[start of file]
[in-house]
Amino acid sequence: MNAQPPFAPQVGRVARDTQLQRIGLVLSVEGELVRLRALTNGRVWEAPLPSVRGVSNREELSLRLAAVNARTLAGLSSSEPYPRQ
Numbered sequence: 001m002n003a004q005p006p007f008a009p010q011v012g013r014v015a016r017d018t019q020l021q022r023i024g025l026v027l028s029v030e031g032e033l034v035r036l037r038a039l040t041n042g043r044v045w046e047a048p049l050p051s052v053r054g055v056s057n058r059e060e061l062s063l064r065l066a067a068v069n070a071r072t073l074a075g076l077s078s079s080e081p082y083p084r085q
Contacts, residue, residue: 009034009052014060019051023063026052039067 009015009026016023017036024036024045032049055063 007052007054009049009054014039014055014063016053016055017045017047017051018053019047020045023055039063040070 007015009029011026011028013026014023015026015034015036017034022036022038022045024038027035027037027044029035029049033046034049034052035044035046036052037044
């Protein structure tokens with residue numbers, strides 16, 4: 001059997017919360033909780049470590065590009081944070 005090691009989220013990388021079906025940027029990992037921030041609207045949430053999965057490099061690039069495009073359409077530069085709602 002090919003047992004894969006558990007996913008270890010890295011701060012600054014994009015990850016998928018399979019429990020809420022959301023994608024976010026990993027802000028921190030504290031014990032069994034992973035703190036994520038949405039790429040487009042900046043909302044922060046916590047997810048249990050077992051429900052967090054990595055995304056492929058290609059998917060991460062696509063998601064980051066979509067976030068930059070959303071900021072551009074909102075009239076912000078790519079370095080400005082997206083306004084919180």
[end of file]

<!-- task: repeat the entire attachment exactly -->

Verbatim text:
[in-house]
Amino acid sequence: MNAQPPFAPQVGRVARDTQLQRIGLVLSVEGELVRLRALTNGRVWEAPLPSVRGVSNREELSLRLAAVNARTLAGLSSSEPYPRQ
Numbered sequence: 001m002n003a004q005p006p007f008a009p010q011v012g013r014v015a016r017d018t019q020l021q022r023i024g025l026v027l028s029v030e031g032e033l034v035r036l037r038a039l040t041n042g043r044v045w046e047a048p049l050p051s052v053r054g055v056s057n058r059e060e061l062s063l064r065l066a067a068v069n070a071r072t073l074a075g076l077s078s079s080e081p082y083p084r085q
Contacts, residue, residue: 009034009052014060019051023063026052039067 009015009026016023017036024036024045032049055063 007052007054009049009054014039014055014063016053016055017045017047017051018053019047020045023055039063040070 007015009029011026011028013026014023015026015034015036017034022036022038022045024038027035027037027044029035029049033046034049034052035044035046036052037044
């Protein structure tokens with residue numbers, strides 16, 4: 001059997017919360033909780049470590065590009081944070 005090691009989220013990388021079906025940027029990992037921030041609207045949430053999965057490099061690039069495009073359409077530069085709602 002090919003047992004894969006558990007996913008270890010890295011701060012600054014994009015990850016998928018399979019429990020809420022959301023994608024976010026990993027802000028921190030504290031014990032069994034992973035703190036994520038949405039790429040487009042900046043909302044922060046916590047997810048249990050077992051429900052967090054990595055995304056492929058290609059998917060991460062696509063998601064980051066979509067976030068930059070959303071900021072551009074909102075009239076912000078790519079370095080400005082997206083306004084919180």